Attending Clergy of Texas Health Presbyterian Hospitals to Host Symposium on ‘Healing In the Arts’|
DALLAS — The Attending Clergy Association (ACA) of Texas Health Presbyterian Hospitals will host “Healing in The Arts,” a daylong educational program featuring Texas poet laureate Karla Morton, a high school chamber orchestra, cantor and professional photographer to help caregivers learn the role that the arts can play in healing and recovery.
“We want our hospitals to be environments where both caregivers and patients discover healing and wholeness,” said John Engelhard, senior chaplain for Texas Health Presbyterian Hospitals in Dallas, Denton, Plano, Kaufman and Allen. “To do that, we think it’s important to better understand how art can touch each person to awaken, inspire and renew the body, mind and spirit.”
“Healing in The Arts” will be held from 7:30 a.m. to 2:30 p.m., Friday, Nov. 5, in Fogelson Forum at Texas Health Presbyterian Hospital Dallas. For the past sixteen years the ACA has gathered experts from many disciplines to discuss and explore matters that relate to health, faith and ethics. This year’s program brings together artists, religious leaders, and clinicians.
Special guests include Clare Cooper Marcus, whose designs of healing gardens create space for quiet; Morton, who wrote poetry during a healing time in her own life and is now the 2010 Poet Laureate of Texas; Kent Taylor, whose vivid photography of nature inspires and renews; and artist Pamela Nelson, whose artwork invites people into a healing meditative place.
During the symposium, guests will be exposed to other expressions of art as well. Cantor Don Croll, of Temple Shalom in Dallas, will explore healing music within the Jewish tradition, and Rod Armstrong, the minister of music at New Mount Zion Baptist Church in Dallas, will talk about gospel music and healing within the African American tradition. Art therapist Betty Jo Troeger will offer a workshop on the many benefits of art therapy in healing. Cynthia Logan, a pastor at First Presbyterian Church in Dallas, will lead workshops on “Praying in Color.” And Dr. Robert Schwab, chief quality officer of Texas Health Allen and Texas Health Denton, will sing his original tunes for palliative care.
“The symposium will provide a time for soul searching and renewing moments while learning how the arts can be part of healing,” Engelhard said. “We think people will walk away from this event with a new appreciation for the role that the arts play in their own healing and wholeness, but also in the lives of the patients whom they serve.”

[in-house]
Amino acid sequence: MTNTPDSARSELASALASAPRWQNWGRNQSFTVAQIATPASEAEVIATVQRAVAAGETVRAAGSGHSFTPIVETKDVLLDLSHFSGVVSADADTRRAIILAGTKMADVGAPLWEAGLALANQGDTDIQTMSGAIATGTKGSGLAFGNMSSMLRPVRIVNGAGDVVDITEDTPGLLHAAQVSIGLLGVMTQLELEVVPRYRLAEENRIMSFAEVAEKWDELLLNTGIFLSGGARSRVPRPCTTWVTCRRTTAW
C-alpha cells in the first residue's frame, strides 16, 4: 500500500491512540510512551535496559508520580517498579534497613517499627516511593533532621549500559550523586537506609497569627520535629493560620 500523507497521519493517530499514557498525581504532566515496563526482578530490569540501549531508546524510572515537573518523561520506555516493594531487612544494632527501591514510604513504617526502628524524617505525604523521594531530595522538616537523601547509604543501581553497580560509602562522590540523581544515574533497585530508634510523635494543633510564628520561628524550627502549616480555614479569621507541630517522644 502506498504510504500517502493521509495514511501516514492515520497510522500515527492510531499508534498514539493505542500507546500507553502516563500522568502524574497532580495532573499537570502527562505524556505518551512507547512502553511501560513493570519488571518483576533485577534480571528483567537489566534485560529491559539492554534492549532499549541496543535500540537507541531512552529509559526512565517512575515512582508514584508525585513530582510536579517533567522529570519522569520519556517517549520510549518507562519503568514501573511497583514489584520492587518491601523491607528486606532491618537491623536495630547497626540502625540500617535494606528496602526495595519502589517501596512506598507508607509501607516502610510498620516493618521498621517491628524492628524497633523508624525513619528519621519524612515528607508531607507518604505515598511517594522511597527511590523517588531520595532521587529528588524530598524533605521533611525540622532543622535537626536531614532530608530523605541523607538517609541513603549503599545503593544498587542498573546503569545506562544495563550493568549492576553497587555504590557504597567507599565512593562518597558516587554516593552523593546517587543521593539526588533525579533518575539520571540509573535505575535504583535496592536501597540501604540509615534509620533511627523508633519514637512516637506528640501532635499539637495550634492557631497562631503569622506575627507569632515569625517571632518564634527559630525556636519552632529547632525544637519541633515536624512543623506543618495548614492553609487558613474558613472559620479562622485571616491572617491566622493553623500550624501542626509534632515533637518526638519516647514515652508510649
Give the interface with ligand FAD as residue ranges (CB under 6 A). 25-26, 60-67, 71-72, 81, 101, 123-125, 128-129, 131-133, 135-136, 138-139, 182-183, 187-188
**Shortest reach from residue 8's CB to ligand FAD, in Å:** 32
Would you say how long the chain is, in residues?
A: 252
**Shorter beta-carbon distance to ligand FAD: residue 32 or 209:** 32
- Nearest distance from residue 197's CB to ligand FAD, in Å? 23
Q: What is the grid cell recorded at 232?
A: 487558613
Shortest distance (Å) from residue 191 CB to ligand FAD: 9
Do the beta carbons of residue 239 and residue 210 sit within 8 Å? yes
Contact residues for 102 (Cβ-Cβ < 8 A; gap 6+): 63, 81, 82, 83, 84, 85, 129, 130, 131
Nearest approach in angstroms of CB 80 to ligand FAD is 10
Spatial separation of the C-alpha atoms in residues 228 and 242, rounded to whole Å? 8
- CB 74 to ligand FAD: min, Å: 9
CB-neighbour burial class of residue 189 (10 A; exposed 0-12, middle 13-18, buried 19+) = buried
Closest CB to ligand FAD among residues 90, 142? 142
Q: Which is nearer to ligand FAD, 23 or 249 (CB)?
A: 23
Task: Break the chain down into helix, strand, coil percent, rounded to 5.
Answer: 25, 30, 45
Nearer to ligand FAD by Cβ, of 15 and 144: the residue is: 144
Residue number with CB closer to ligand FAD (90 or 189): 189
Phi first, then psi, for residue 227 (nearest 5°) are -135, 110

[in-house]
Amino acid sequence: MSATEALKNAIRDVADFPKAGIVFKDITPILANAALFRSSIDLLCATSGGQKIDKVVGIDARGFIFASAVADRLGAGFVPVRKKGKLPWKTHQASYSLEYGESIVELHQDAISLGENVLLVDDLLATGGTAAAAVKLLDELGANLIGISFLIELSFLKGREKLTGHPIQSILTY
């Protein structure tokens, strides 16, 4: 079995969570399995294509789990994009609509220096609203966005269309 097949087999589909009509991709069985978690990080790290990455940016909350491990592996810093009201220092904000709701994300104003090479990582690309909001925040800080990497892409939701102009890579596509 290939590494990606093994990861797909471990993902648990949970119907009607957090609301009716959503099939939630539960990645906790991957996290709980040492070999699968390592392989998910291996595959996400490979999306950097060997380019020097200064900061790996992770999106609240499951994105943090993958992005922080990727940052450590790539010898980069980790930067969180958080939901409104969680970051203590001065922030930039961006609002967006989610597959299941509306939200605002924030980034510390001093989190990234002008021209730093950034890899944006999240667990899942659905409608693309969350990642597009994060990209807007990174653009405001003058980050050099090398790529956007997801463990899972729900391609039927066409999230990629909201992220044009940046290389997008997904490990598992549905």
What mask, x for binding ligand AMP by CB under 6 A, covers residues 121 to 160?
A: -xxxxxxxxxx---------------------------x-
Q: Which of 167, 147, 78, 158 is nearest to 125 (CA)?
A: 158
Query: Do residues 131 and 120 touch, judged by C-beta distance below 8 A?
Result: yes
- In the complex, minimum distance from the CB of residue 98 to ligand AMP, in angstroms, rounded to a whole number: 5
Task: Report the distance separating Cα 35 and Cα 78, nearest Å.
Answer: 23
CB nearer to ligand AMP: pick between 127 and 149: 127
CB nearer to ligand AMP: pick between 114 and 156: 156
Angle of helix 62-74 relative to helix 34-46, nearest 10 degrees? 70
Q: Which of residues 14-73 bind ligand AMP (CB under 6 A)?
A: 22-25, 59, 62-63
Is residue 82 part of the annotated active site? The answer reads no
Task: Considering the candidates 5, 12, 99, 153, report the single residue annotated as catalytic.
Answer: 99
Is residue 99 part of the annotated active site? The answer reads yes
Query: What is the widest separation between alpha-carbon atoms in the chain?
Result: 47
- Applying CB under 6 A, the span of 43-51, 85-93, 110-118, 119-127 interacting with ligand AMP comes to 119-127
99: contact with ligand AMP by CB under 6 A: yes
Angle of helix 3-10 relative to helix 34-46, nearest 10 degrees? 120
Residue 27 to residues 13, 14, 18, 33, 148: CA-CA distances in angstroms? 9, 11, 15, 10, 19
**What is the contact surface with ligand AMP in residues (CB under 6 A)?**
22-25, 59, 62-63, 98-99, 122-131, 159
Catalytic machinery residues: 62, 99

Creative engagements like painting, writing, and musical expression can positively impact emotions, along with attitudes and beliefs, Engelhard said. “That contributes to improved health and wellness for the patient. The arts also have been recognized as a way to bridge differences between different social and cultural groups, connecting people through the shared experience of music, art, literature and dance.”
The connection between creative arts and health outcomes has been the subject of much research in recent years. Scientists have begun to more deeply investigate whether there are positive effects from music engagement, visual arts therapy, movement-based creative expression and expressive writing.
In one study, researchers found that patients who wrote about their traumatic experiences had statistically significant improvements in various measures of physical health and better immune system function than those who did not write about their experiences.
“Through creativity and imagination, we find our identity and our reservoir of healing,” the authors wrote in the February 2010 edition of the American Journal of Public Health. “The more we understand the relationship between creative expression and healing, the more we will discover the power of the arts.”
Admission to the program, which includes lunch, is $25 for employees of Texas Health Resources or one of its hospitals, $25 for doctors and nurses, and $50 for all other attendees. For more information or to register, call Sarah Kelley at 214-345-4220.
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About Texas Health Presbyterian Hospital Dallas